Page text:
My new fave thing to do at the beach: sand sculptures!
Working with plaster last semester opened me up to creating 3D forms using wet-dry and powdery material, so I gave sand sculpting a go while on vacation this week.
I started digging and came up with a mound that just seemed to ask for a face. Since it was November 1, the start of the undas festival, I wanted to do something in honor of the dead. All the funerary paraphernalia of Egypt and Ancient Rome from last sem’s Art History class came back to me and I ended up with a figure in a resting pose with eyes closed.
I initially did a full body outline but ran out of time (I started at around 2pm, and people were already crowding about on their afternoon/sunset walk at 4pm).
It still came out pretty big — a low relief sand piece with hair bursting out to the waves.
It was my first ever public art, and I was both shy and excited to get feedback from people passing by. My first “audience” was a cute French man in a hat who lingered over my shoulder, smiled and said, “Very beautiful.” Don’t know if he was talking about the piece or me (haha! I should’ve asked).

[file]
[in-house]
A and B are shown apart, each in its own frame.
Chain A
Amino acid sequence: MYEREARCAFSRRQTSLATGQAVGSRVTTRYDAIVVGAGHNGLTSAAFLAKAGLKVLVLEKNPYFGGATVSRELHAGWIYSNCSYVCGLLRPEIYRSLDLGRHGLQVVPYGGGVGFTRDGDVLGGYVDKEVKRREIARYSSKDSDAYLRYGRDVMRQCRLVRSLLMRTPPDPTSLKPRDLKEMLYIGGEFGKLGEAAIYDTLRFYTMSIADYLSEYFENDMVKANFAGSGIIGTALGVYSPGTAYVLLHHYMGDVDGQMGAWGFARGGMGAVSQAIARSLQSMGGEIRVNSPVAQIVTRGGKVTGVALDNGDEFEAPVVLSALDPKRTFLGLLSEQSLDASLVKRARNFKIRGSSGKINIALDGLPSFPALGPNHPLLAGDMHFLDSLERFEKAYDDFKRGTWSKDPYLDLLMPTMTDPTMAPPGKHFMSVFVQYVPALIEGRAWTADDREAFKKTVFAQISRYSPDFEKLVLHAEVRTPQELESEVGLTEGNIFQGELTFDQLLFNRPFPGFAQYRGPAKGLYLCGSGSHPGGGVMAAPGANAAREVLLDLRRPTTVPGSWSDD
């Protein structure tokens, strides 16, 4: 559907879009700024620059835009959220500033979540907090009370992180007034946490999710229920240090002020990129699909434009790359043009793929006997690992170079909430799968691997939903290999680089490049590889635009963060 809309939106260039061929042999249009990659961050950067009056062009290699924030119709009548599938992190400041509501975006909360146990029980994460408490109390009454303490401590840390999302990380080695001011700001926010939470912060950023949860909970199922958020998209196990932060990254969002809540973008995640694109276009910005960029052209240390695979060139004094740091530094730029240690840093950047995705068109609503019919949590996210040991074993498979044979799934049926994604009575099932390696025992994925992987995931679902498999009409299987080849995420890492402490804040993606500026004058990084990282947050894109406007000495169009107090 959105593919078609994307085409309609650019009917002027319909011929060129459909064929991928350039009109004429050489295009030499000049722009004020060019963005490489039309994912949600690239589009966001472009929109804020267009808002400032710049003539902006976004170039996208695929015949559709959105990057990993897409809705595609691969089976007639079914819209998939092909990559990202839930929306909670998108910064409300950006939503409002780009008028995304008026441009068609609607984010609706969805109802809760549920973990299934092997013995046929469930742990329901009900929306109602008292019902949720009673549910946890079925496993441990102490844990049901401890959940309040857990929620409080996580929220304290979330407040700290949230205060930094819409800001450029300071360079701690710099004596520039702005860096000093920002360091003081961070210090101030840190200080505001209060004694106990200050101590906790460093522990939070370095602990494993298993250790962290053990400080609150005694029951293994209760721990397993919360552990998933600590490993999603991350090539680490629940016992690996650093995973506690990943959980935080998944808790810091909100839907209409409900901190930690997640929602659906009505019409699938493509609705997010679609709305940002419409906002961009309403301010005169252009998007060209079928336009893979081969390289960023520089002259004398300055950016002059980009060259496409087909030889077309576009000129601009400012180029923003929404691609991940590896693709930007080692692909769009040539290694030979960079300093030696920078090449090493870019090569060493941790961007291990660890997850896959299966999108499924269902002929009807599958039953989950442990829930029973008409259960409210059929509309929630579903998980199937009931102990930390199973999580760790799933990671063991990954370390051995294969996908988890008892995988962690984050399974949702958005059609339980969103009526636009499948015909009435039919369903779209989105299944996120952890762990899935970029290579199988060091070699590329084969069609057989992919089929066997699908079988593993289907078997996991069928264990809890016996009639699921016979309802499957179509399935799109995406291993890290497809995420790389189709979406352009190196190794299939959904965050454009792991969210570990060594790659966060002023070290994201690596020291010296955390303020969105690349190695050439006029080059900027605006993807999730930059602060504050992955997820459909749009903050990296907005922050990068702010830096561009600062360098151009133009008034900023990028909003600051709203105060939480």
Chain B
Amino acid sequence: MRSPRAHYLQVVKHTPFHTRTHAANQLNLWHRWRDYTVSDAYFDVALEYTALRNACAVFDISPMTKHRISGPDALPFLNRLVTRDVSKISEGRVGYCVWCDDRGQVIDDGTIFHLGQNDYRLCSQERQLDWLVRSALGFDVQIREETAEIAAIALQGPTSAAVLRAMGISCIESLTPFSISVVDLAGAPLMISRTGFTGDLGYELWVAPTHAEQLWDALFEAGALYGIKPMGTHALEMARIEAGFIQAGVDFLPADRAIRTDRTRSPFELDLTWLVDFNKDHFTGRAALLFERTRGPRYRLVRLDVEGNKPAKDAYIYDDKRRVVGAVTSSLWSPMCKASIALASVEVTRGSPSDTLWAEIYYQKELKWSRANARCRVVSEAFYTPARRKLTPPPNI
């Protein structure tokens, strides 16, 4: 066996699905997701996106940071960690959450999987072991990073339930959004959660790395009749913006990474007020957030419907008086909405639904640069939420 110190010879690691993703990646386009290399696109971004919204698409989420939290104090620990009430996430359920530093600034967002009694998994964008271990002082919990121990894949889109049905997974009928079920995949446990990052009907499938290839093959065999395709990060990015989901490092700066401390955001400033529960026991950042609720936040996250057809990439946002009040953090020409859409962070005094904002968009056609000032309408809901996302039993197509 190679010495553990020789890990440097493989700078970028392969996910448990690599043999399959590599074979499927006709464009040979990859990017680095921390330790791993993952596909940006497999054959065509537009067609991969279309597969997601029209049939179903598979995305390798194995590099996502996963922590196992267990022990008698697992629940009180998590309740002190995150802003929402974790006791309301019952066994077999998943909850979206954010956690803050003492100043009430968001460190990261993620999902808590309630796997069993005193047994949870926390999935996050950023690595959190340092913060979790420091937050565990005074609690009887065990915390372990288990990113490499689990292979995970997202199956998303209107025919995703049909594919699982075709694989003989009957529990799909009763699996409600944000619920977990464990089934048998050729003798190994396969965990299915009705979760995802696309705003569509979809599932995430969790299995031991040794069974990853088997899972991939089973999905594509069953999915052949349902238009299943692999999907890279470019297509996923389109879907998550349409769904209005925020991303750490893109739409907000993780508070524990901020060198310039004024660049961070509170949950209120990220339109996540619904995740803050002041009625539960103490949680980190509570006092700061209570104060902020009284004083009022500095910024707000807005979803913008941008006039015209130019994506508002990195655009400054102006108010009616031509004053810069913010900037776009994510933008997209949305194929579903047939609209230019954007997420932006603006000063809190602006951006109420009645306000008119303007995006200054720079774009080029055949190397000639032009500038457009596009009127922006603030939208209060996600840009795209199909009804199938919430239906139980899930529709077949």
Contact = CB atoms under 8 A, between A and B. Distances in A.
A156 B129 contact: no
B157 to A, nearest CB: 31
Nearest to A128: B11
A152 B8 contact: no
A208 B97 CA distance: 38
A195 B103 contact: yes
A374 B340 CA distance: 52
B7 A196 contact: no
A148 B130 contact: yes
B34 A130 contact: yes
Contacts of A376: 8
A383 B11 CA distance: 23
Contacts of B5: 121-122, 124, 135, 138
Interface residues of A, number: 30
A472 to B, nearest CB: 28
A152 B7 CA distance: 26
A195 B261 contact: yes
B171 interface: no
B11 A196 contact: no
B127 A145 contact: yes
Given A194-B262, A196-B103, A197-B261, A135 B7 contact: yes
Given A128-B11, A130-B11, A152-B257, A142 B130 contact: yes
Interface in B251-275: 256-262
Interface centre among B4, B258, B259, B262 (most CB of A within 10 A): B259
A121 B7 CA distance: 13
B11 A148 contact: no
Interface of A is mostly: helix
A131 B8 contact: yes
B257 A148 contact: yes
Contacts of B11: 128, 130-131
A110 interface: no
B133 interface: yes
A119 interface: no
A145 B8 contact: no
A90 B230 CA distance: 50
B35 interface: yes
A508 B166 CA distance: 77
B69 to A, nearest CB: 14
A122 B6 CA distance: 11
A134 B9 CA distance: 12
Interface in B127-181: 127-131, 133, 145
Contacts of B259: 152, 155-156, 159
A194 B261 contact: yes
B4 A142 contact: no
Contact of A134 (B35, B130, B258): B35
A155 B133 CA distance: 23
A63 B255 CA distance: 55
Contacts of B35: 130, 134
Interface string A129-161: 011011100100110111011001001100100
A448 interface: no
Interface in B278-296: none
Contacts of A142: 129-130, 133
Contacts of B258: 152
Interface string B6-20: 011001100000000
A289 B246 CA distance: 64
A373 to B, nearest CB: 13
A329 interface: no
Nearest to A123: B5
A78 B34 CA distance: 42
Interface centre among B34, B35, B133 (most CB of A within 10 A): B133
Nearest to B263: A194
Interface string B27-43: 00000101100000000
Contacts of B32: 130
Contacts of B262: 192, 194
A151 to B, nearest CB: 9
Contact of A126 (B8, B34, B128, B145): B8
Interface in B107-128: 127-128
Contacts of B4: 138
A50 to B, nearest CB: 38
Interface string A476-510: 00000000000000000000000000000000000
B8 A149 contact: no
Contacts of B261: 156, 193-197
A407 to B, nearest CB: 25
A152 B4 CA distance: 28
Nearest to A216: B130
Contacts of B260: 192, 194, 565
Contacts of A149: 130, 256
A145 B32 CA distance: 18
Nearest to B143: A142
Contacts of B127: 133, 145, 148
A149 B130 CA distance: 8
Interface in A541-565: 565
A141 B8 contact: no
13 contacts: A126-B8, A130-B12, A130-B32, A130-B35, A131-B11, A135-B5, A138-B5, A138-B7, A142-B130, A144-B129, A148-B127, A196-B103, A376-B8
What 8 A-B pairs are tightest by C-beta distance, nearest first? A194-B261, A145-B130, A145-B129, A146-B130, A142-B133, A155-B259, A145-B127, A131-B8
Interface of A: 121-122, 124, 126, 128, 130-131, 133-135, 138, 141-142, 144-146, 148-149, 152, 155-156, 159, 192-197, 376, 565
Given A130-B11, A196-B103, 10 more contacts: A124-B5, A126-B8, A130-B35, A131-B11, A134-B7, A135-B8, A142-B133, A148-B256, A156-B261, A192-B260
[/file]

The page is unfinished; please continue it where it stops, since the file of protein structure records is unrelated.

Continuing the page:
But seeing happy faces and even people stopping by to take photos was nice — my sandman was connecting to someone other than myself! Yay.
Of course there was also the matter of kids playing with it and wanting to step on it. I was surprised I didn’t get flustered over this. My old self would’ve barked at them to safeguard my work, but I guess that’s one thing ephemeral or temporary art teaches us: to just enjoy the now.
Attempt number two was more ambitious: I wanted to make a fish that seemed to swim out of the sand.
I didn’t realize making the fin stand would be very difficult with sand, so I had to adjust the angle of the fish head so the fin could rest at the back.
Again it was a kilig moment when I started feeling people stop by to look, but I was just happy it looked like a fish!
Here are mom and dad enjoying our catch for the day:
Was away for a week and maybe once or twice I regretted not bringing pencils or paints with me, but I’m glad I didn’t because I got to explore and play with the most abundant local material instead– sand! The next time you’re at the beach, give sand sculpting a go — it’s free and your canvas can be as big or small as you need it to be. What a great way to play, play, play. 🙂